by Crista Cowan
Have you always wanted to know where your ancestors came from before they embarked on a life in America? Are you convinced your grandmother‘s name was changed at Ellis Island? We‘ll share with you our top tips for finding your immigrant ancestor and tracing them back to the Old Country, no matter which country that is. We‘ll also share with you the TOP FIVE assumptions you shouldn‘t make when doing immigration research.
by Gordon Atkinson
Fold3 provides convenient access to U.S. military records, including the stories, photos, and personal documents of the men and women who served. At Fold3, all are invited to come share, discuss, and collaborate on their discoveries with friends, family, and colleagues. The presentation will be an overview for using Fold3.com.
by Melinda Kashuba
Turn up the heat on your urban research by exploring the use of fire insurance maps as a source of information on neighborhoods and cities of the past. When combined with other sources such as city directories, these maps can provide you with deeper understanding of your ancestor's life and suggest additional record sources.
by Ron Arons
Learn about the numerous websites one can use to track down and learn more about living people - not only those living in the United States, but also around the world.
Learn how to identify your Civil War ancestors, create a research plan, collect and interpret the records and tell the story.
by Cath Madden Trindle
Every Repository that holds primary materials is a major repository for genealogical research.
by Aimee Leverette
Attend this session with one of ProQuest‘s Customer Education & Training Specialists to get an introductory overview or refresh your skills. This course covers content, functions, and features, as well as tips for using Ancestry Library Edition (ALE). We will also try to answer any questions and show you how to access support resources, including help pages and documentation.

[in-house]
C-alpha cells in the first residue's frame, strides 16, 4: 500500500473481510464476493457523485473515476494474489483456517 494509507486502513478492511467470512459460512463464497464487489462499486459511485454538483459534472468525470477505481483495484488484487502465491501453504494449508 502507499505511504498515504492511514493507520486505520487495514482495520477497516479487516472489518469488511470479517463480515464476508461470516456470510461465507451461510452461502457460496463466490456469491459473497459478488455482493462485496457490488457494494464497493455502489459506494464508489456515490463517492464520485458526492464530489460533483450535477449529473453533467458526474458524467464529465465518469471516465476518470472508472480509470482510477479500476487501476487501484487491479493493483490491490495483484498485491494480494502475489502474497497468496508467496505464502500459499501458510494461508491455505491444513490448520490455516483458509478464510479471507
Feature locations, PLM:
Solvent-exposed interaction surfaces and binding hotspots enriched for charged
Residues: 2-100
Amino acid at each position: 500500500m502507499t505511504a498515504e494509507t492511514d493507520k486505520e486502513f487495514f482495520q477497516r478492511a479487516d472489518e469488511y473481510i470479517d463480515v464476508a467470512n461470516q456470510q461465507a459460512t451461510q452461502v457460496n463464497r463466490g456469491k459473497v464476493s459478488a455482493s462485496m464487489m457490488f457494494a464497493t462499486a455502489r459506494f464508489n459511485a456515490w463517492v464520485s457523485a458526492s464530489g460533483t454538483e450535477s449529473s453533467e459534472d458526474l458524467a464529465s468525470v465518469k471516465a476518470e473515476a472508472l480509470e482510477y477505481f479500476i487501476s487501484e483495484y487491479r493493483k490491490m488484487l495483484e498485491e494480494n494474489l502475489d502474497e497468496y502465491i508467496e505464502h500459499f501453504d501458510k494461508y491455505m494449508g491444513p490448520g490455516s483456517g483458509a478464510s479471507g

Problem ancestors may look like brick walls, but they're really opportunities to work harder, dig deeper, and bring our ancestors to life – once we learn these few helpful techniques, of course.
by Jeanie Croasmun
by Michelle Pfister
by Craig Manson
Want to make more discoveries? Want to find out how to search more efficiently on Ancestry.com? In this class we will talk about and demonstrate how to create better searches and use what you find to discover more about your ancestors. We will focus on using search forms and filters, how to use place pages, how to find and recreate your recent searches, find help on specific record types, use wildcards, and much more.
by Crista Cowan
When we try to share our family history discoveries with our families we are often met with eye rolls or glassy-eyed stares. How can you share your genealogy with your siblings, children, and grandchildren when it seems like they don‘t care? We‘ll share some of our favorite tips to overcome this (all too common) challenge.
by Lisa B. Lee
Twitter, Facebook, Linked-In and Google Plus all provide excellent ways to find and connect with family members, share photos and stories, and discover new information about your family – we'll show you how to make the most of them and why you NEED to be using them in your genealogical research.
by Janice Sellers
Find information about births, deaths, marriages, naturalizations, moves, business, court cases, and more in the newspaper. Learn what is available and how to find it.
5th November 2011